Reflexive and Reciprocal Pronouns
You can teach you English. Nope, you can’t teach you English.
We bought us lunch. Nope, we didn’t buy us lunch.
We will see us later. Nope, we won’t see us later.
So it’s impossible to learn a language on your own? And we either stole lunch or went hungry? And I don’t want to meet you?
No! Those things might be true, but the grammar is incorrect. Instead, it should be:
You can teach yourself English.
We bought ourselves lunch.
We will see each other later.
Germans make this mistake quite often, so pay attention.
Whenever the subject and the object of a sentence are the same, you can't use normal pronouns (me, you, him, her, it, us, them). Instead, you have to use either reflexive pronouns (myself, yourself, himself, herself, itself, ourselves, yourselves, themselves) and reciprocal pronouns (one another, each other). Germans often forget about this because in German you normally don't have to worry about it ("Ich frage mich...", "Wir sehen uns...", etc.). But it's easy to understand: just think about how you say “Er freut sich” instead of “Er freut ihn,“ and apply it to everything.
When to use reciprocal pronouns (myself, yourself, himself, herself, itself, ourselves, yourselves, themselves)
The simple rule to remember: whenever the subject and object are the same, don't use a normal pronoun!
For first and second person (I – myself, you – yourself, we – ourselves, you – yourselves), making this mistake just sounds bad, but won’t lead to confusion. However, making the mistake in the third person (he – himself, she – herself, it – itself, they – themselves) can lead to a misunderstanding (just like in German: "Er fragt ihn" is different than "Er fragt sich").
Correct: “I taught myself to play piano.”
Incorrect: “I taught me to play piano.”
Correct: “You bought yourself a present for Christmas.”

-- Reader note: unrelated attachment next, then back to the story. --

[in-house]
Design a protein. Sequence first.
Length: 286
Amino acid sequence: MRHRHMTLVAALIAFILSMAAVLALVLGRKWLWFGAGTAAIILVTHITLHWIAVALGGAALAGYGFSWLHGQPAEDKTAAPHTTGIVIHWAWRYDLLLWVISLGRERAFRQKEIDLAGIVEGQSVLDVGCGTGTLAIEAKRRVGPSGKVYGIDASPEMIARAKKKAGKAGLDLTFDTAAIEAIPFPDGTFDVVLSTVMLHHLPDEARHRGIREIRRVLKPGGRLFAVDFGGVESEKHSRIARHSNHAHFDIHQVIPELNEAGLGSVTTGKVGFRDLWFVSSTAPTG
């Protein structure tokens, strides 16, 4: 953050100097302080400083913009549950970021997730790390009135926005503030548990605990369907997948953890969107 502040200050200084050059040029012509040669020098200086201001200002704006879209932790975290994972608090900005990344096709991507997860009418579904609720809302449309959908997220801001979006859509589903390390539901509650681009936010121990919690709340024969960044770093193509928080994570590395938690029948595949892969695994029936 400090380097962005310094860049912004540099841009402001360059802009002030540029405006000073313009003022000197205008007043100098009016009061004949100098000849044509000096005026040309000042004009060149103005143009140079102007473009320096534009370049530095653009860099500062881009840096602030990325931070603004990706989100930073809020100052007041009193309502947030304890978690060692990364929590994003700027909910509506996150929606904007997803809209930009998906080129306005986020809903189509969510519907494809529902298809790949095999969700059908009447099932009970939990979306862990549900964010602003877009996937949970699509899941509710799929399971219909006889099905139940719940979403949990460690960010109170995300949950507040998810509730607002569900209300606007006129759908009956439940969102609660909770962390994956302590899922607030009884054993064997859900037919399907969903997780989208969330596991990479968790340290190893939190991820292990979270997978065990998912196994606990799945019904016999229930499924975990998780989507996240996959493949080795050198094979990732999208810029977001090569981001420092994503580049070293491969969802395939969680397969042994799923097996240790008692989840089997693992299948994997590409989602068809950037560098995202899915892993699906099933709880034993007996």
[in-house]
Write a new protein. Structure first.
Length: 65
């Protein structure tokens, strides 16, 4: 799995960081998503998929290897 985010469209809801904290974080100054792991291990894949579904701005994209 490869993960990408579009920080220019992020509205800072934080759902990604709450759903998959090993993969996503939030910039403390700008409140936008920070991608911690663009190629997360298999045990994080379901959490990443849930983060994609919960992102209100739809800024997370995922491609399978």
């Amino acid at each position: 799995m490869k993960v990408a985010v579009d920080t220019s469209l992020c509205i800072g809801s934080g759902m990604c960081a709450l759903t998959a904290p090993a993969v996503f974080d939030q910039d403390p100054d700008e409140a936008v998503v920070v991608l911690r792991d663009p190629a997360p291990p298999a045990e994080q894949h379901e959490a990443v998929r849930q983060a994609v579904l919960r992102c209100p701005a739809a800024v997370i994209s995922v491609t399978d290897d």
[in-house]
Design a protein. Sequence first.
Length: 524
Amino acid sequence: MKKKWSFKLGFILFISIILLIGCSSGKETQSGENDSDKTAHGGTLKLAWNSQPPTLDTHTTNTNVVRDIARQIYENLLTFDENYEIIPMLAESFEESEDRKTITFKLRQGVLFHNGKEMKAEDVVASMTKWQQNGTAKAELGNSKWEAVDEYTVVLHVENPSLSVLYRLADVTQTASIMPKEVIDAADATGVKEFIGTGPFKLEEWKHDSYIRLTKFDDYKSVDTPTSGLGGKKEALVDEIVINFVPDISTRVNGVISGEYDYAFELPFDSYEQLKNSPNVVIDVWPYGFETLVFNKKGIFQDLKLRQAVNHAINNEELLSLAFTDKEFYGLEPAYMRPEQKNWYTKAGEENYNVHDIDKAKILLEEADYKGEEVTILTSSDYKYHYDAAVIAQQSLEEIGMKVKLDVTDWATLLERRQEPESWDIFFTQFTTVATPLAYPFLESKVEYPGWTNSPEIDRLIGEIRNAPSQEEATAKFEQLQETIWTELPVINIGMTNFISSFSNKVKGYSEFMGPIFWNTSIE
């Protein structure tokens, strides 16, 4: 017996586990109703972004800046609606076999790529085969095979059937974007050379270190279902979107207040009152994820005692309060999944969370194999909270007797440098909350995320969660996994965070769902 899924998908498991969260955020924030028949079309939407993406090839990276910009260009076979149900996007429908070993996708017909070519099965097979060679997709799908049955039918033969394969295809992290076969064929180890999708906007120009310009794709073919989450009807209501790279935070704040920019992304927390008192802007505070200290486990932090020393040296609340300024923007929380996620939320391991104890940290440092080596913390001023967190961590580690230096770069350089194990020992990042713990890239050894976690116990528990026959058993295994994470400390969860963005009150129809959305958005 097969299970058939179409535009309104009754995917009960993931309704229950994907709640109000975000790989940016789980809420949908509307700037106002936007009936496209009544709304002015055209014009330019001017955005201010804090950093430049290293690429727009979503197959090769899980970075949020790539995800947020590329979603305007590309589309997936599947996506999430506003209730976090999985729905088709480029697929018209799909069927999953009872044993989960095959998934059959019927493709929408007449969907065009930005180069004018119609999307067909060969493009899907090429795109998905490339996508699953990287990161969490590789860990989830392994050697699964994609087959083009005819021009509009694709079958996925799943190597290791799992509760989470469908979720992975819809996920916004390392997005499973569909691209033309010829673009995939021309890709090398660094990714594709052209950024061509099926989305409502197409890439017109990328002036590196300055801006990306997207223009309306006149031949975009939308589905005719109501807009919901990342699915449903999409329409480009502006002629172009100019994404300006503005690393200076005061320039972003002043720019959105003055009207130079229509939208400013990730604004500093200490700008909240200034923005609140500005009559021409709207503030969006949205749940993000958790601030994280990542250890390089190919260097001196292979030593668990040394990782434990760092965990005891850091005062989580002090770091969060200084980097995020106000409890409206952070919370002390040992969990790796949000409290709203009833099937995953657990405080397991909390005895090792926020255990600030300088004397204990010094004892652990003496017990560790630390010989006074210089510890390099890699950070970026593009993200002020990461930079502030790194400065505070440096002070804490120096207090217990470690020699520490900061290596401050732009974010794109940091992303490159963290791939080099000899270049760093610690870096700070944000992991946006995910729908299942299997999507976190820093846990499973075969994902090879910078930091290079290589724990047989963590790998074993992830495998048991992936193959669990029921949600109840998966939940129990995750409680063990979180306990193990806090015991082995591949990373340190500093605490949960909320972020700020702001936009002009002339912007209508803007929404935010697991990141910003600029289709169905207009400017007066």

Incorrect: “You bought you a present for Christmas.”
Correct: “We got ourselves something to eat."
Incorrect: “We got us something to eat.”
Correct: “I hope you enjoy yourselves on your vacation.”
Incorrect: “I hope you enjoy you on your vacation.”
“He hit himself on the hand with a hammer” vs “He hit him on the hand with a hammer”
In the first case, there is only one person, and the person using the hammer is the one who got injured (and is probably a bit stupid).
In the second case, there are two people: one who is using the hammer (perhaps an evil person) and one who is now injured (and probably very upset).
“They threw themselves a party” vs “They threw them a party”
In the first case, one group of people organized a party to celebrate themselves (there is only one group here).
In the second case, one group of people organized a party to celebrate a different group of people (for example: the parents organized a birthday party for their twins).
When to use “each other” and “one another”
When the subject is two people and the actions are done to the other person, use “each other”.
When the subject is three or more people and the actions are done to the other people, use either “one another” or “each other”.
Bill loves Jane, and Jane loves Bill: Bill and Jane love each other.
My mom loves my dad, my brother, my sister, and me. My dad loves my mom, my brother, etc: My mom, my dad, my brother, my sister, and I all love one another OR They all love each other OR My mom, my dad, my brother, my sister, and I all love each other OR They all love one another.
So now that you know the theory behind this, here are some common sentences where you can use your new knowledge.
“We will see each other tomorrow” = “Wir sehen uns Morgen”
“I am buying myself a bike” = “Ich kaufe mir ein Fahrrad”
“He taught himself how to swim” = “Er bringt sich selbst Schwimmen bei”
My goal is always to explain things quickly and simply so you can spend less time learning and more time speaking! If this explanation made sense to you, let me know in the comments below. If you are still uncertain about something, ask me and I will do my best to explain it more clearly.
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